PRIME Minister Scott Morrison has just announced further restrictions for Australia in response to the unfolding COVID-19 (coronavirus) situation.

First and foremost is a ban on indoor gatherings of more than 100 people.

This applies to all venues – bars, restaurants, clubs, pubs, nightclubs, the lot. There’s also no exception for churches, mosques or synagogues.

“That is effective now, as of today and those arrangements, in terms of the legal enforcement of those measures are being put in place by the states and territories,” Mr Morrison said.

The PM did not give specifics on how the ban would be applied. Health Minister Greg Hunt said earlier venues should remain open but with greater restrictions and social distancing rules.

The travel ban for every Australian is being upgraded to level four – do not travel – for the entire world.

“That is the first time that has ever happened in Australia’s history,” Mr Morrison said.

Mr Morrison says the health advice is that schools should remain open. “Interestingly, this is also what Singapore has done,” he said.

“Singapore has been one of the more successful countries. In Singapore, the schools are open.” There is “only one reason your kids shouldn’t be going to school and that is if they are unwell”.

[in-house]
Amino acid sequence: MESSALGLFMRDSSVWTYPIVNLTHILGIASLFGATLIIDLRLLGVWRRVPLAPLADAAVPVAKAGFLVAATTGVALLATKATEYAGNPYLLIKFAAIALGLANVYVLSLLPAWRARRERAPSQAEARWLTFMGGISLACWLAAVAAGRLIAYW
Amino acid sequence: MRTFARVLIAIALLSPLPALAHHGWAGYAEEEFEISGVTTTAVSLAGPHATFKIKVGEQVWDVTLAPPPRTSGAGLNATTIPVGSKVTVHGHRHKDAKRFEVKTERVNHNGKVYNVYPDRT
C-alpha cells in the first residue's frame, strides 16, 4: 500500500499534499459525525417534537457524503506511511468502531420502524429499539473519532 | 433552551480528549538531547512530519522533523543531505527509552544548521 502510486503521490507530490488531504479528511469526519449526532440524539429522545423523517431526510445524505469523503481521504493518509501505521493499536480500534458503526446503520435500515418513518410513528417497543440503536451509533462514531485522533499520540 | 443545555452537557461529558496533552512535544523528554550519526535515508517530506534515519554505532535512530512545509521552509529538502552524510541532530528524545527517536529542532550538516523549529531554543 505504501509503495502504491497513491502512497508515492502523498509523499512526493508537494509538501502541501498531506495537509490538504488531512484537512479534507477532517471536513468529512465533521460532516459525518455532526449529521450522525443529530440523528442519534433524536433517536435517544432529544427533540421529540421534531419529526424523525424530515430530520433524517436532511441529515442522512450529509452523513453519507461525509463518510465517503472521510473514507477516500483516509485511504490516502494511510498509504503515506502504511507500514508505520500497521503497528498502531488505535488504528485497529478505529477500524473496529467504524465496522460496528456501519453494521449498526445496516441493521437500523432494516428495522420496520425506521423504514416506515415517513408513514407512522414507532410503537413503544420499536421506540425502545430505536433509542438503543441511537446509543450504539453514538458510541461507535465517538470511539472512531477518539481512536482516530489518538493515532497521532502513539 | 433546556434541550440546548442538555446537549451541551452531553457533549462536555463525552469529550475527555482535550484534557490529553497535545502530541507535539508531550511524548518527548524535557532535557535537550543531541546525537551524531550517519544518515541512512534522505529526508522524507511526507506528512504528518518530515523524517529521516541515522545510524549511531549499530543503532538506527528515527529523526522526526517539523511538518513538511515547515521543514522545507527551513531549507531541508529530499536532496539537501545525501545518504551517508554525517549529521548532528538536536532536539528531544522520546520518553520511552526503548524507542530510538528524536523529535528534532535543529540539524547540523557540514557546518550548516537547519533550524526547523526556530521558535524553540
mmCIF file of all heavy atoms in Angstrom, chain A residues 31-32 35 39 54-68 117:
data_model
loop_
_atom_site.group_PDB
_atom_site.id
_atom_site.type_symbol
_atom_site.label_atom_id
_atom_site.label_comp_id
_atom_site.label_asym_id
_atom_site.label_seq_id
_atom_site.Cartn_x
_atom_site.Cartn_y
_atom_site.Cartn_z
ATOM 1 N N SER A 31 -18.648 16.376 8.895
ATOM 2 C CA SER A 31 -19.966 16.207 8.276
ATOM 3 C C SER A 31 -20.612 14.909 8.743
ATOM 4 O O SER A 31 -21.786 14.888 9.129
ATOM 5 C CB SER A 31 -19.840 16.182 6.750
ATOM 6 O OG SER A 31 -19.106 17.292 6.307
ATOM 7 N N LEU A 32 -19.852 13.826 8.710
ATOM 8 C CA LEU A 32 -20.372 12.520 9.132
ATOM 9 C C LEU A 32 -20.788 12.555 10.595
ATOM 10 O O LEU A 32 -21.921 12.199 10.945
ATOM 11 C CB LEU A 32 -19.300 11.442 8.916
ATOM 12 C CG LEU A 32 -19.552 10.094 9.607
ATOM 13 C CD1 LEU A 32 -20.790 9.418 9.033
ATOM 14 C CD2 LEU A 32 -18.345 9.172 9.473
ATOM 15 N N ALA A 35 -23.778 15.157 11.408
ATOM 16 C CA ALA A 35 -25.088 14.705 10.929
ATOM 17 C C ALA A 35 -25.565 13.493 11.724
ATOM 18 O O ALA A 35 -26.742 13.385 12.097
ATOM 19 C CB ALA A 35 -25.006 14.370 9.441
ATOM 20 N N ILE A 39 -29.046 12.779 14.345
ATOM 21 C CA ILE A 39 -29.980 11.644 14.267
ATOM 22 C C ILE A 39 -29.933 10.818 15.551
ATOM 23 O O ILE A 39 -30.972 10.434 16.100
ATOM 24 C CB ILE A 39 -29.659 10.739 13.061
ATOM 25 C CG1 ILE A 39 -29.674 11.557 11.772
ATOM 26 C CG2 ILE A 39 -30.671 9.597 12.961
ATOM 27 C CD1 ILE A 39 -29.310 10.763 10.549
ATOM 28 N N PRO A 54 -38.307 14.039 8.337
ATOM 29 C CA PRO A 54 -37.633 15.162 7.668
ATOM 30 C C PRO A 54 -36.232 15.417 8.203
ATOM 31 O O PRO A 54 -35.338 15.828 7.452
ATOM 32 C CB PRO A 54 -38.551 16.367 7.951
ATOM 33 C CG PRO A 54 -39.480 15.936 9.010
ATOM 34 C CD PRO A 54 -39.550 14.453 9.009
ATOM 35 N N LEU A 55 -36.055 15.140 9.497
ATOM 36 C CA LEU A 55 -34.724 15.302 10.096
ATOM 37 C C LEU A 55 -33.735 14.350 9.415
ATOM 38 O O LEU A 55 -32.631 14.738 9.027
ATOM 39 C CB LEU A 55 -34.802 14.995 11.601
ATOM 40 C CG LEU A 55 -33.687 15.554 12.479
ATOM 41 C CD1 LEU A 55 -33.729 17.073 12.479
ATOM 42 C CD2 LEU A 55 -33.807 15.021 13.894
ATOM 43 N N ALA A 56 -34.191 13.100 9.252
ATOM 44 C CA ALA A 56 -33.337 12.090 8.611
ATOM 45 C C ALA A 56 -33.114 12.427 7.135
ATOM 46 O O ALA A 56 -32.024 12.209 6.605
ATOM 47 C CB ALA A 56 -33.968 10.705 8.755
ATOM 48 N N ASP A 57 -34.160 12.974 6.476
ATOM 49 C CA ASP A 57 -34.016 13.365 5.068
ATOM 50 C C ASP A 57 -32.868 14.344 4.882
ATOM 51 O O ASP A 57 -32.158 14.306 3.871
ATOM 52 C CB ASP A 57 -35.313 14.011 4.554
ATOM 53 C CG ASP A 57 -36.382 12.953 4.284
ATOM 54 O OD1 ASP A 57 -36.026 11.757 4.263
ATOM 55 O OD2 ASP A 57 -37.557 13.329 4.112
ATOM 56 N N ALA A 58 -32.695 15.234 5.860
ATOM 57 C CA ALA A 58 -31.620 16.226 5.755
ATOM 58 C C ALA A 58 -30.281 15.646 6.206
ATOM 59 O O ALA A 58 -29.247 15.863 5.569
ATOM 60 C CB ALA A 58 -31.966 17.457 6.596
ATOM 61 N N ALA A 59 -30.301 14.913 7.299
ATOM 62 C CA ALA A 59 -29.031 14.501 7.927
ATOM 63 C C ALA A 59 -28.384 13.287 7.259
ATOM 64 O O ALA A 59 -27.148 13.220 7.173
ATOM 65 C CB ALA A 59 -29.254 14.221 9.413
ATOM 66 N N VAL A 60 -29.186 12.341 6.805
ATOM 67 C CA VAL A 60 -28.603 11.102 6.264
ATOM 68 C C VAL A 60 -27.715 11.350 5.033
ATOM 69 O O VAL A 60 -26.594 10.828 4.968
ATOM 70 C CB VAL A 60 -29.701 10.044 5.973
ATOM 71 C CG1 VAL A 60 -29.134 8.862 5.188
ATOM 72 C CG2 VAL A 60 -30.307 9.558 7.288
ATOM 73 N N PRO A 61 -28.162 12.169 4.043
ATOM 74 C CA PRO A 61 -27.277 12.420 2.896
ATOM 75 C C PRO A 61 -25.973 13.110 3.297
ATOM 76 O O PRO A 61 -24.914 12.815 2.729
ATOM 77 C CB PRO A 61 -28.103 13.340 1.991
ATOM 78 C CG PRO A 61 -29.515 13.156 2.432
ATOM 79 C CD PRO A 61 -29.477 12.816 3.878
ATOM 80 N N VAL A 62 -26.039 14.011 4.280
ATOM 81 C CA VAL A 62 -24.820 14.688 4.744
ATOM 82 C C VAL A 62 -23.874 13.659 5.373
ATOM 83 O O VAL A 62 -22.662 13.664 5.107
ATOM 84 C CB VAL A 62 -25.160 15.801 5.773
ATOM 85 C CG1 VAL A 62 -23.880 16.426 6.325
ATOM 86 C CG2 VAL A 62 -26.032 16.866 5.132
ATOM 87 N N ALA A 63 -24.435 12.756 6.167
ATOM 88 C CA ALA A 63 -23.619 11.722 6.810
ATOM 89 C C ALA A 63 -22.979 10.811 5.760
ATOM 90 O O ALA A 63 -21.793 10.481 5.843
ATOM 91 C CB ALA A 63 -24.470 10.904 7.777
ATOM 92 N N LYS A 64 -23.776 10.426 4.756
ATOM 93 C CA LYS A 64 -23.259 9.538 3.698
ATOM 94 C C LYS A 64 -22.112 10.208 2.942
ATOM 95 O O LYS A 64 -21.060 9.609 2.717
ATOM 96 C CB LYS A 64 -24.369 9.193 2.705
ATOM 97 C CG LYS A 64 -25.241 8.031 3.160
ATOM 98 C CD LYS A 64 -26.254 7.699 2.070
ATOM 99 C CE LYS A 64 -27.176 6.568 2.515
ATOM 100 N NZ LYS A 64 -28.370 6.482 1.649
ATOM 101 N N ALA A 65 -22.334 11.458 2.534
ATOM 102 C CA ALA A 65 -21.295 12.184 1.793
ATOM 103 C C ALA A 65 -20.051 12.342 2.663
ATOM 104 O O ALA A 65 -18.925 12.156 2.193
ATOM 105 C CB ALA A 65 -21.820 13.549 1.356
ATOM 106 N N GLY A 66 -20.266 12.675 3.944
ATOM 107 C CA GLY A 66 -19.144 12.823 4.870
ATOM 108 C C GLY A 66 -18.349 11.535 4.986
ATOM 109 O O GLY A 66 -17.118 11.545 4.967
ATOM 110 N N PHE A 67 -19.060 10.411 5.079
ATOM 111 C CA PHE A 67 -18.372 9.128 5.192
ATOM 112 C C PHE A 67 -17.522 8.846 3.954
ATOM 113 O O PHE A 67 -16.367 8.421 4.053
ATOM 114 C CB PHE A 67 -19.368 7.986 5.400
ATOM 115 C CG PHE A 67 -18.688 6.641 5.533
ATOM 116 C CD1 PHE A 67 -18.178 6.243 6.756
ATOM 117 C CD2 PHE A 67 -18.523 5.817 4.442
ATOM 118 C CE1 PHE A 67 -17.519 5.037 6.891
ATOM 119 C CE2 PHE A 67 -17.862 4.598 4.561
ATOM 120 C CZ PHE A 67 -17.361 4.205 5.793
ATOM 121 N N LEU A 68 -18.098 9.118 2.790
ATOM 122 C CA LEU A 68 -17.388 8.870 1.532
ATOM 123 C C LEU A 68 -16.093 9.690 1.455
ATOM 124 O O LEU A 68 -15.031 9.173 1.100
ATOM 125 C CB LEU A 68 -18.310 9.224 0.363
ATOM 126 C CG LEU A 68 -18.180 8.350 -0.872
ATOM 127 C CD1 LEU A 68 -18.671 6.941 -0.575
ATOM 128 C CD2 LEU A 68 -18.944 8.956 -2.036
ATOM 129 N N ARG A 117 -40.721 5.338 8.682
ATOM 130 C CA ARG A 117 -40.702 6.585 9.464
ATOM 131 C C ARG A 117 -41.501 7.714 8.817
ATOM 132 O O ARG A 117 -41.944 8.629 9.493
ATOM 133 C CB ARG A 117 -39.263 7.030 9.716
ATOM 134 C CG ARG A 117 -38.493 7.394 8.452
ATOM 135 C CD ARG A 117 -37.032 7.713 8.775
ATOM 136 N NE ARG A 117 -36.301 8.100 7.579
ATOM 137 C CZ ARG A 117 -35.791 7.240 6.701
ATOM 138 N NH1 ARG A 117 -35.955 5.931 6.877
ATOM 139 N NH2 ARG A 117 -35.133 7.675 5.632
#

Visits to aged care facilities are being severely restricted.

Staff and visitors who have returned from overseas in the last 14 days will be banned, as will those who have been in contact with a confirmed coronavirus case in the last two weeks.

Also banned will be anyone with fever or symptoms of acute respiratory infection, and those who haven’t had a flu vaccination after May 1.

No school groups of any size will be allowed, and children under the age of 16 should be visiting “only by exception”.

Visits will be limited to a maximum of two people at one time.

The Prime Minister also discussed bulk purchasing of supplies saying “stop hoarding.”

“I can’t be more blunt about it. Stop it. It is not sensible, it is not helpful and it has been one of the most disappointing things I have seen in Australian behaviour in response to this crisis.
That is not who we are as a people. It is not necessary. It is not something that people should be doing.
What it does is distract attention and efforts that need to be going into other measures, to be focusing on how we maintain supply chains into these shopping centres.”